US President Donald Trump has been openly expressing disappointment over China's lukewarm stance in curbing its economic trade with North Korea, which reportedly grew nearly 40 percent in the first quarter from a year ago, raising the possibility for broader secondary sanctions.
"If Trump were to give up on Chinese support in terms of containing North Korea, then there's a risk of increased trade tensions between the US and China, which could negatively impact China's overall export performance", said Julian Evans-Pritchard, China economist at Capital Economics.
North Korea on Friday threatened to take "corresponding measures" if the UN Security Council adopts another sanctions resolution in response to the North's test-launch of an Intercontinental Ballistic Missile (ICBM) on July 4.
The special rapporteur's activities here will also include information gathering needed to compile his report to be presented to a U.N. General Assembly later in the year. However, North Korean exports increased by 29.1 percent to $1.67 billion.
The U.S. was not impressed.
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For China, the increasing numbers on its trade relations with North Korea does not necessarily mean that the country is failing to follow the resolutions imposed by the United Nations.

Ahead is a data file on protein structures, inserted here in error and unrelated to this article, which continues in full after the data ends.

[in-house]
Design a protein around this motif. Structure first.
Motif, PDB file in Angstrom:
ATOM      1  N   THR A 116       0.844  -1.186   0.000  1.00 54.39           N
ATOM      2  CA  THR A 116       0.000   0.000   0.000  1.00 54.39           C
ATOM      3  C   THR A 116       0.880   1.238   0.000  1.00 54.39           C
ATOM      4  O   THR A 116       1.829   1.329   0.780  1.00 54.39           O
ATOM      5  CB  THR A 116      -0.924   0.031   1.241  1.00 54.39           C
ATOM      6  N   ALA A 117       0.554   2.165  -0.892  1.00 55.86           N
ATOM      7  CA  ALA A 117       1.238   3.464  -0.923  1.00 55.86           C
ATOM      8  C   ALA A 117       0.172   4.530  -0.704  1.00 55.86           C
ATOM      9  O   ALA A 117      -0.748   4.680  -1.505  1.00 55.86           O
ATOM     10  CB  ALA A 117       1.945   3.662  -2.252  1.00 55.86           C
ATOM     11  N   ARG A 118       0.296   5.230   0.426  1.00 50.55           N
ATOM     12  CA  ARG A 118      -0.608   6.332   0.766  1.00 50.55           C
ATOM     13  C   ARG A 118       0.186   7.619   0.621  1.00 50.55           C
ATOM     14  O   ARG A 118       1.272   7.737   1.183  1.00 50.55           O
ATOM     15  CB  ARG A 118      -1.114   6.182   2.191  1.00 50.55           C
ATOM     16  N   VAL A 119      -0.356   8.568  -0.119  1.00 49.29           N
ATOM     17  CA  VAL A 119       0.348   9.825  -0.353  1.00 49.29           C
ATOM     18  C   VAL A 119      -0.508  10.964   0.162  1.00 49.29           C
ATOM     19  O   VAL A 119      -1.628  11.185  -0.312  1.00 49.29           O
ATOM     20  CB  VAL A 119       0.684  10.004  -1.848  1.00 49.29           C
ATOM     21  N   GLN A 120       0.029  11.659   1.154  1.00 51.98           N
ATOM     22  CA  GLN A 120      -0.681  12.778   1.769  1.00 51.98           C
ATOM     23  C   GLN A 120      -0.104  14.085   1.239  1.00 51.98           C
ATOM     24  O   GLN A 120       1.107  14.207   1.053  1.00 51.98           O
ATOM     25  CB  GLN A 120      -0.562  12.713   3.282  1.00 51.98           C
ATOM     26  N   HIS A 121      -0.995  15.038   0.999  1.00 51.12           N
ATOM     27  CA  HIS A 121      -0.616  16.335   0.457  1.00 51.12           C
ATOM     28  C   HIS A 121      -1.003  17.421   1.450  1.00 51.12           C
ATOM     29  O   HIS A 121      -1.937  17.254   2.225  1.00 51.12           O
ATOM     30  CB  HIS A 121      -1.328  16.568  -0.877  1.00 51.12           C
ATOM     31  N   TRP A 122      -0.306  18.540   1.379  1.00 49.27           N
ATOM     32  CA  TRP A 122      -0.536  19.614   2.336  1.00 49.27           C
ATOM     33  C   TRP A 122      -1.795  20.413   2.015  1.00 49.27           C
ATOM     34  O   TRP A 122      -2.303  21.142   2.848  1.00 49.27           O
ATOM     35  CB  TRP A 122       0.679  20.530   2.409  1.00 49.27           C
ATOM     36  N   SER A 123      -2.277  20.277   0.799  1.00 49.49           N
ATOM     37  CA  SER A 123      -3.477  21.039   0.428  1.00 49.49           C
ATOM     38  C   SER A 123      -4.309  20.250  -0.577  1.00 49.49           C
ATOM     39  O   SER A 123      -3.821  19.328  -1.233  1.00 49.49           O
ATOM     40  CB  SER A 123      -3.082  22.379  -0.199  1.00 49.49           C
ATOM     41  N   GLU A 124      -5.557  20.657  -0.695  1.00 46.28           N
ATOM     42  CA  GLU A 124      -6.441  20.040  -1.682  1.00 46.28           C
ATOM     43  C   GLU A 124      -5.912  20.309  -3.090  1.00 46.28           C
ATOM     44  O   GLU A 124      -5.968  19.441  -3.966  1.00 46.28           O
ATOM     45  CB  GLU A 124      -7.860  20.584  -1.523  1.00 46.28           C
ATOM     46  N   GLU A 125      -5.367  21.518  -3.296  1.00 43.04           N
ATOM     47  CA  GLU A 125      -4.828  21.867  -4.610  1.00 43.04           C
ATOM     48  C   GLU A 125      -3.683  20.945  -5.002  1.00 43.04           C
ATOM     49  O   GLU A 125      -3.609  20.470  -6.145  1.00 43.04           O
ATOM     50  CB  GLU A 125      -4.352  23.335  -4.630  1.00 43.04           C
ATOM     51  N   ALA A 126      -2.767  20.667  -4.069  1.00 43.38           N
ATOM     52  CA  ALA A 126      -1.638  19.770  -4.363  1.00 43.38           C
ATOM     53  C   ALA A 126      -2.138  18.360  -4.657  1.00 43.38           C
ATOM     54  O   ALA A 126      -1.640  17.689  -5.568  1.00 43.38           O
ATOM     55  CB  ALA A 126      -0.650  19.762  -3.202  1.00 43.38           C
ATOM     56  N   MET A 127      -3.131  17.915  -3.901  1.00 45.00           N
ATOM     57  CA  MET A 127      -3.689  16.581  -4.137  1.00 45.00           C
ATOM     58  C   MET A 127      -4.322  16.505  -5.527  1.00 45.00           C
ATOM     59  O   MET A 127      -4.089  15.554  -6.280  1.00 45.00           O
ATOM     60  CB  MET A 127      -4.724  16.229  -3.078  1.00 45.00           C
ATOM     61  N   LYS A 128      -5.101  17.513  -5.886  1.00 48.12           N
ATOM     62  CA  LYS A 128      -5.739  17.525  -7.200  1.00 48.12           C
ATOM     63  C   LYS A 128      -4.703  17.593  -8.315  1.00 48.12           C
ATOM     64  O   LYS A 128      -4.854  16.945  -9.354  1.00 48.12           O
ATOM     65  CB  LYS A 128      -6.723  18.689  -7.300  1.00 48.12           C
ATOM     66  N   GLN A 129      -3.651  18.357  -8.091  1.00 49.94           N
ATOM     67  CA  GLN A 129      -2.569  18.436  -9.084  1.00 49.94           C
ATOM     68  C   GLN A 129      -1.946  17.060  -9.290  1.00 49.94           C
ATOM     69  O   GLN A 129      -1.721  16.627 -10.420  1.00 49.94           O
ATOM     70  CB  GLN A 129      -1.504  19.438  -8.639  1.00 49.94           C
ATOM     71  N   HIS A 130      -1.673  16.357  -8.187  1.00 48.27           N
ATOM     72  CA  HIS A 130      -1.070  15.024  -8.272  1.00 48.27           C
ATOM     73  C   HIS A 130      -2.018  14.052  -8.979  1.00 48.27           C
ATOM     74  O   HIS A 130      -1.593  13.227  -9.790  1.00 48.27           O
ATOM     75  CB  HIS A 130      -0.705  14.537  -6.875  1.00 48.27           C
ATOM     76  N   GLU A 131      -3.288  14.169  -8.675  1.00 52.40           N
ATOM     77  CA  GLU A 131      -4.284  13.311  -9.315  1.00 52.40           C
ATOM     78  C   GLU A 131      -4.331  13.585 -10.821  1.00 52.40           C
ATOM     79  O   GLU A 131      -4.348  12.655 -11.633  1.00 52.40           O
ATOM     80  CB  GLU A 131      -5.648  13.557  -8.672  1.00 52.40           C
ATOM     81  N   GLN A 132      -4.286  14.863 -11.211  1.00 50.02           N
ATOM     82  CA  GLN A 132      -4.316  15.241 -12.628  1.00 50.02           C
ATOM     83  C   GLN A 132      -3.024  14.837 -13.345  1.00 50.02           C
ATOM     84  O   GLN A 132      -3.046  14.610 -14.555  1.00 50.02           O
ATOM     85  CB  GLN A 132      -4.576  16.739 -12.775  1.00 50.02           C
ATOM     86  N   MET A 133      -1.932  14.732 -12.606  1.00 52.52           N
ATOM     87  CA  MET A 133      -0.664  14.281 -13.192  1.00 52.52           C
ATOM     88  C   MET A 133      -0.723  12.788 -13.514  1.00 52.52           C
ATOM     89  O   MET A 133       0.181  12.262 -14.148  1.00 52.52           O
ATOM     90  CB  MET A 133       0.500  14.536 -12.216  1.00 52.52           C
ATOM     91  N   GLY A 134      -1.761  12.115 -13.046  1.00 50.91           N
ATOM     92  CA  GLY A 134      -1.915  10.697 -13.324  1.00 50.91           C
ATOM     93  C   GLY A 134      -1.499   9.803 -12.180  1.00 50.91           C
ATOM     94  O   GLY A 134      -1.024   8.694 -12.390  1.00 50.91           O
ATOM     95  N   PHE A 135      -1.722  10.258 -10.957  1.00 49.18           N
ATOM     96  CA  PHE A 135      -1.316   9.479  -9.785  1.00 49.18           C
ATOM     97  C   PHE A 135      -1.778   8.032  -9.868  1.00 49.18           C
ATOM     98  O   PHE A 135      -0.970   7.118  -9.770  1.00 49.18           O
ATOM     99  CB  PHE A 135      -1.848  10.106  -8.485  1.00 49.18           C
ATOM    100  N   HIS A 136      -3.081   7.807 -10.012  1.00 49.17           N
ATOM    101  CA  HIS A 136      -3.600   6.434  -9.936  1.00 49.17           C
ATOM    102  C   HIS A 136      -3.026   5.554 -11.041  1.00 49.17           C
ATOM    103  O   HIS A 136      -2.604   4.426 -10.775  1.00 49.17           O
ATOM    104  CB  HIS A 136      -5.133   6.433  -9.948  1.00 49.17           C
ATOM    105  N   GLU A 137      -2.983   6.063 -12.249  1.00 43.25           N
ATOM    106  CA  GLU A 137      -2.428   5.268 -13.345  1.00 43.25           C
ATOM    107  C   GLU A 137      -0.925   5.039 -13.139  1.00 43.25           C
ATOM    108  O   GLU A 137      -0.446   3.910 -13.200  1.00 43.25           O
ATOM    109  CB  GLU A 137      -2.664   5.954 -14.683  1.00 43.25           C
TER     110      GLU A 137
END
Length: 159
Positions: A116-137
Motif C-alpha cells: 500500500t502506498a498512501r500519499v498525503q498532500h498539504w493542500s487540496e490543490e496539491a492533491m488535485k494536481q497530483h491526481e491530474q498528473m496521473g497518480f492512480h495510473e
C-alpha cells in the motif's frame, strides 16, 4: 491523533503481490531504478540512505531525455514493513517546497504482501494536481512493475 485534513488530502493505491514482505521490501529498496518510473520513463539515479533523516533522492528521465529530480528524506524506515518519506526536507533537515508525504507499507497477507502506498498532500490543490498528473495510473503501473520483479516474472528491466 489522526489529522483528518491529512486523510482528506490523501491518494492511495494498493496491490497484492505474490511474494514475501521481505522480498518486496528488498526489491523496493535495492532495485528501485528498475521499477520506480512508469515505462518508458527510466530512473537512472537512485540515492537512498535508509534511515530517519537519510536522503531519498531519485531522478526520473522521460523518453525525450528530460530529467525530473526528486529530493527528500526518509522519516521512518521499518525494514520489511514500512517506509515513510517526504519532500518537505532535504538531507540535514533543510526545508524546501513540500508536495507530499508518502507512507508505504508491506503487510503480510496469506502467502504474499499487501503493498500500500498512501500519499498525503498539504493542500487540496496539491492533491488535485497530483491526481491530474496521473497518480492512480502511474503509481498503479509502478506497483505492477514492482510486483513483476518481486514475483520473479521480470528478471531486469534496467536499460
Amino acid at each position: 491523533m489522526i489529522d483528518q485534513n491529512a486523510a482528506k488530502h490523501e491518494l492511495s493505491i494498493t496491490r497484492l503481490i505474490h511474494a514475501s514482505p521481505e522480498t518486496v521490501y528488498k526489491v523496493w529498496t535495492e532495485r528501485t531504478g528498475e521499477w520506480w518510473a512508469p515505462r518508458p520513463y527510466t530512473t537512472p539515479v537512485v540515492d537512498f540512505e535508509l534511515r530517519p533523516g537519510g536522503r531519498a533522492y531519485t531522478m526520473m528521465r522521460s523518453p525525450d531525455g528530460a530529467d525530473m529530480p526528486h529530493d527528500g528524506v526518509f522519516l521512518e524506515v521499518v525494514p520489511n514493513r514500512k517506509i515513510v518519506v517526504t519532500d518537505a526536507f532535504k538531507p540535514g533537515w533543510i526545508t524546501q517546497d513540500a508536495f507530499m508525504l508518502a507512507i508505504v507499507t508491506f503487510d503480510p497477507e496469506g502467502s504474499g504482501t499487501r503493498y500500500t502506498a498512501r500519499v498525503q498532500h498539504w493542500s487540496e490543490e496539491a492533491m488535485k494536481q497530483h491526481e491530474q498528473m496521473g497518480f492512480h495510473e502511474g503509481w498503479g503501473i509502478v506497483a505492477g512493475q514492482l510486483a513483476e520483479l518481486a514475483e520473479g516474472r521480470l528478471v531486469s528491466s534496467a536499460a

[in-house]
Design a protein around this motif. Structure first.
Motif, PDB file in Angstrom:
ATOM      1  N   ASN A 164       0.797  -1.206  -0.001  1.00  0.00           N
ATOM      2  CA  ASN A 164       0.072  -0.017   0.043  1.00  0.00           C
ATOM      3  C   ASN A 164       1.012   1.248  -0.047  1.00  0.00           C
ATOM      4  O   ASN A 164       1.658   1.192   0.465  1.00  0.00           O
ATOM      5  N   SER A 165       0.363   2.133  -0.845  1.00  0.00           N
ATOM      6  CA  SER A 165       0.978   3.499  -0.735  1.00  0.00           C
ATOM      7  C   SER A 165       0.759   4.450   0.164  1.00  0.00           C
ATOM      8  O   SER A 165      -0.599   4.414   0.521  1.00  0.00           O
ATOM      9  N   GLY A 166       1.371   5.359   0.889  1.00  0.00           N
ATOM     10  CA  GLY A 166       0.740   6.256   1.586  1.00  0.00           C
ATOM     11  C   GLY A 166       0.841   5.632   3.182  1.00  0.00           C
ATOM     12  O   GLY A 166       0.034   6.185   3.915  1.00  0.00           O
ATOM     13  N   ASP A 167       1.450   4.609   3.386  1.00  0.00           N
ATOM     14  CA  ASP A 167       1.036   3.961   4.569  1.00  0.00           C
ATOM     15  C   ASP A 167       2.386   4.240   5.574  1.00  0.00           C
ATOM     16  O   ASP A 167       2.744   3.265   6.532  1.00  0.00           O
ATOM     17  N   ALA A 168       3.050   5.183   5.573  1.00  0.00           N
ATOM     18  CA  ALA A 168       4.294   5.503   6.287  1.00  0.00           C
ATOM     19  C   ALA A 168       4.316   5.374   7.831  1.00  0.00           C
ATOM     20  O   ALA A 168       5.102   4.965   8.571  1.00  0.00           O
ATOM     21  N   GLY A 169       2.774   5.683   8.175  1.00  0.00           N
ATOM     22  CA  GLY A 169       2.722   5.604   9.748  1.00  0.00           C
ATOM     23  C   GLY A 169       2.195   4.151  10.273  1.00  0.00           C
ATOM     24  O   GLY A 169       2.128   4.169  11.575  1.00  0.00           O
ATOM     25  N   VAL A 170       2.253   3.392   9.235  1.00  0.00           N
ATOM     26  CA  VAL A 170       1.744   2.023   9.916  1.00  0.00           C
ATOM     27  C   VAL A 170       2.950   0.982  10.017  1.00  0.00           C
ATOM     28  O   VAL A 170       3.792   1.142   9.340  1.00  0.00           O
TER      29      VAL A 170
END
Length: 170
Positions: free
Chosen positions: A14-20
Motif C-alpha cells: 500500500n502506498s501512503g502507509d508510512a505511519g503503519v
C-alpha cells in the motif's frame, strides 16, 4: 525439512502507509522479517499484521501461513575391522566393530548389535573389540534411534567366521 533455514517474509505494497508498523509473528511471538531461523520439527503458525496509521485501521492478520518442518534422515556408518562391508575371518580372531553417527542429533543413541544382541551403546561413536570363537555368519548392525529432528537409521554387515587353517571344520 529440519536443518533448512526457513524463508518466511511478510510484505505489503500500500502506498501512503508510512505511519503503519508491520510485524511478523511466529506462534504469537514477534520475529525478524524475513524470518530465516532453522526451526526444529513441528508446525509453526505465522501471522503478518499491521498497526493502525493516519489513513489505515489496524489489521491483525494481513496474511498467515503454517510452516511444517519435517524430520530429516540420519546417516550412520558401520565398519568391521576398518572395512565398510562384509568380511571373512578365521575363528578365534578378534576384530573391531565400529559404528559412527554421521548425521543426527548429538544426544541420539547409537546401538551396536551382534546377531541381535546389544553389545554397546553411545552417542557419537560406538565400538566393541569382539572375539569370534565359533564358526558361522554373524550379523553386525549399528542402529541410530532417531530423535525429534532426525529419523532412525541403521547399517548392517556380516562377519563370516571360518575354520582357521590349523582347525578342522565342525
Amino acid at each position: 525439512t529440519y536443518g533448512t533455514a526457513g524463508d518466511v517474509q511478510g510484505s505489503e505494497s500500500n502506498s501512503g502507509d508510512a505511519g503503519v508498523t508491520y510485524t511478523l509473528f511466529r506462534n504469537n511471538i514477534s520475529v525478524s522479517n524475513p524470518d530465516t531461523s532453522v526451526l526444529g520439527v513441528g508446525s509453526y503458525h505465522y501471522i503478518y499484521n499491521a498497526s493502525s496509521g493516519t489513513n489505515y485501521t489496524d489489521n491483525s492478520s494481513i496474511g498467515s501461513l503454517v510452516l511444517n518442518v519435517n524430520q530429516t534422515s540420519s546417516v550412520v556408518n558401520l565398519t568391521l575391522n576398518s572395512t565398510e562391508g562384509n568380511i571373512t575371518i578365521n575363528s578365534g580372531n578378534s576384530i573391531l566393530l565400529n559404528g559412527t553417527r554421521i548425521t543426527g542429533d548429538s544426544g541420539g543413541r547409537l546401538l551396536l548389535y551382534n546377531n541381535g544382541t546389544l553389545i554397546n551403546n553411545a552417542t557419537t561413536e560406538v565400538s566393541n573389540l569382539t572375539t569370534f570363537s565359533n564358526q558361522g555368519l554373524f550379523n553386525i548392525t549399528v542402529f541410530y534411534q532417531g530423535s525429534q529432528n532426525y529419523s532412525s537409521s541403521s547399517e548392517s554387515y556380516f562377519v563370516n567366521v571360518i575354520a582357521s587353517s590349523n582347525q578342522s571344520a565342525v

Trade between Beijing and Pyongyang during the past few months has not included any sanctioned content related to the provision of materials, nor has it helped to generate revenue for the DPRK's nuclear or ballistic missile programmes, Geng noted.
"I'm introducing a legislation that will create a global embargo against North Korea to shut off access to the U.S. financial systems and the systems and sources of trade that wish to continue to do business with North Korea", Gardner said in a statement. The country even suspended imports of coal back in February.
China has repeatedly said it is fully enforcing United Nations sanctions on North Korea and that there is nothing wrong with what its terms "normal" trade with Pyongyang, referring to areas not covered by sanctions. "It's high time for the United States to maximize worldwide economic pressure against Kim Jong Un's regime as well as against the many foreign banks and foreign companies that are enabling it, especially in China".